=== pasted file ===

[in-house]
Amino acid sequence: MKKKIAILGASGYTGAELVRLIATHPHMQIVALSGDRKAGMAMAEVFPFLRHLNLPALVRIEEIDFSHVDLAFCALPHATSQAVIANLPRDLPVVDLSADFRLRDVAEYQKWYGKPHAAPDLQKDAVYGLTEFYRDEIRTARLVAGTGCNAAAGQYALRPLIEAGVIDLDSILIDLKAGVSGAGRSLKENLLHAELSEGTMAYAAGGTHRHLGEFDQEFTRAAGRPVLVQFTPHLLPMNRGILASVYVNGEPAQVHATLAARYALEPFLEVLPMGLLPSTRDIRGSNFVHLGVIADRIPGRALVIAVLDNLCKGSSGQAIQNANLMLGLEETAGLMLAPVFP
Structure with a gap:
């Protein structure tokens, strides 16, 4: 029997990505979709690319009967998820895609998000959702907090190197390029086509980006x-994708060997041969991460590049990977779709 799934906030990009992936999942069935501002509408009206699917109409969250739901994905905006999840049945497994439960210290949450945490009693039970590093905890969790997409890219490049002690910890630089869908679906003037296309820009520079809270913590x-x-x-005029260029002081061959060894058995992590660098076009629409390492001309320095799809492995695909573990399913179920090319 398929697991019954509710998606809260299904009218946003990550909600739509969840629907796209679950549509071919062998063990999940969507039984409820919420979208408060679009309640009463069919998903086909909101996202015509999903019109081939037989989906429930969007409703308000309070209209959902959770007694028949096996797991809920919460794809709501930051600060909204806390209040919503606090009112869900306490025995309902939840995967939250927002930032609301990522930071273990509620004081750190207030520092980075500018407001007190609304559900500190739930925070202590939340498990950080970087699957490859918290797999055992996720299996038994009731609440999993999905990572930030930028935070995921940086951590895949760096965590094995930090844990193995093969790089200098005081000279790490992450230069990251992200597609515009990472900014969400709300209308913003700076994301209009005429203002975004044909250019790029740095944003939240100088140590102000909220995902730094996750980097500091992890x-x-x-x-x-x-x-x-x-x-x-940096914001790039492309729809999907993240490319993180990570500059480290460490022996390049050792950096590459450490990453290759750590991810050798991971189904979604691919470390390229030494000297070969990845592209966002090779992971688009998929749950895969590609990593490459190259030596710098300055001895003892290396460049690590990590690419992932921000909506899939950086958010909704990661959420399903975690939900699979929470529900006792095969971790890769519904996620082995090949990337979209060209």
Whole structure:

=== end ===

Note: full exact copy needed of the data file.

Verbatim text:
[in-house]
Amino acid sequence: MKKKIAILGASGYTGAELVRLIATHPHMQIVALSGDRKAGMAMAEVFPFLRHLNLPALVRIEEIDFSHVDLAFCALPHATSQAVIANLPRDLPVVDLSADFRLRDVAEYQKWYGKPHAAPDLQKDAVYGLTEFYRDEIRTARLVAGTGCNAAAGQYALRPLIEAGVIDLDSILIDLKAGVSGAGRSLKENLLHAELSEGTMAYAAGGTHRHLGEFDQEFTRAAGRPVLVQFTPHLLPMNRGILASVYVNGEPAQVHATLAARYALEPFLEVLPMGLLPSTRDIRGSNFVHLGVIADRIPGRALVIAVLDNLCKGSSGQAIQNANLMLGLEETAGLMLAPVFP
Structure with a gap:
């Protein structure tokens, strides 16, 4: 029997990505979709690319009967998820895609998000959702907090190197390029086509980006x-994708060997041969991460590049990977779709 799934906030990009992936999942069935501002509408009206699917109409969250739901994905905006999840049945497994439960210290949450945490009693039970590093905890969790997409890219490049002690910890630089869908679906003037296309820009520079809270913590x-x-x-005029260029002081061959060894058995992590660098076009629409390492001309320095799809492995695909573990399913179920090319 398929697991019954509710998606809260299904009218946003990550909600739509969840629907796209679950549509071919062998063990999940969507039984409820919420979208408060679009309640009463069919998903086909909101996202015509999903019109081939037989989906429930969007409703308000309070209209959902959770007694028949096996797991809920919460794809709501930051600060909204806390209040919503606090009112869900306490025995309902939840995967939250927002930032609301990522930071273990509620004081750190207030520092980075500018407001007190609304559900500190739930925070202590939340498990950080970087699957490859918290797999055992996720299996038994009731609440999993999905990572930030930028935070995921940086951590895949760096965590094995930090844990193995093969790089200098005081000279790490992450230069990251992200597609515009990472900014969400709300209308913003700076994301209009005429203002975004044909250019790029740095944003939240100088140590102000909220995902730094996750980097500091992890x-x-x-x-x-x-x-x-x-x-x-940096914001790039492309729809999907993240490319993180990570500059480290460490022996390049050792950096590459450490990453290759750590991810050798991971189904979604691919470390390229030494000297070969990845592209966002090779992971688009998929749950895969590609990593490459190259030596710098300055001895003892290396460049690590990590690419992932921000909506899939950086958010909704990661959420399903975690939900699979929470529900006792095969971790890769519904996620082995090949990337979209060209």
Whole structure: